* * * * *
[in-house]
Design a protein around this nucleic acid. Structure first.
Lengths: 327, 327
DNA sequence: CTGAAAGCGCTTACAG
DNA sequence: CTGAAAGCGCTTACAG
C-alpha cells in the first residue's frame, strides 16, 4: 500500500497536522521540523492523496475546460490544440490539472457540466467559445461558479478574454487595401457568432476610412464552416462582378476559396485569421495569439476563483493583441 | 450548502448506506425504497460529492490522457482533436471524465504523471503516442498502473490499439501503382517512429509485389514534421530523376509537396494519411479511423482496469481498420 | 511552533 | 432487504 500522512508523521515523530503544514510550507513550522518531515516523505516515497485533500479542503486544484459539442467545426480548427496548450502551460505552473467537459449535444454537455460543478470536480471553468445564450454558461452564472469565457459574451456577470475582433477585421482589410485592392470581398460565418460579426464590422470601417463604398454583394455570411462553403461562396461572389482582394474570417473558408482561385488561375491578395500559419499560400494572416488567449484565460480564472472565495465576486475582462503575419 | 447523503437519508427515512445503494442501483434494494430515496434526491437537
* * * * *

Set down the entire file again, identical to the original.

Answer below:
[in-house]
Design a protein around this nucleic acid. Structure first.
Lengths: 327, 327
DNA sequence: CTGAAAGCGCTTACAG
DNA sequence: CTGAAAGCGCTTACAG
C-alpha cells in the first residue's frame, strides 16, 4: 500500500497536522521540523492523496475546460490544440490539472457540466467559445461558479478574454487595401457568432476610412464552416462582378476559396485569421495569439476563483493583441 | 450548502448506506425504497460529492490522457482533436471524465504523471503516442498502473490499439501503382517512429509485389514534421530523376509537396494519411479511423482496469481498420 | 511552533 | 432487504 500522512508523521515523530503544514510550507513550522518531515516523505516515497485533500479542503486544484459539442467545426480548427496548450502551460505552473467537459449535444454537455460543478470536480471553468445564450454558461452564472469565457459574451456577470475582433477585421482589410485592392470581398460565418460579426464590422470601417463604398454583394455570411462553403461562396461572389482582394474570417473558408482561385488561375491578395500559419499560400494572416488567449484565460480564472472565495465576486475582462503575419 | 447523503437519508427515512445503494442501483434494494430515496434526491437537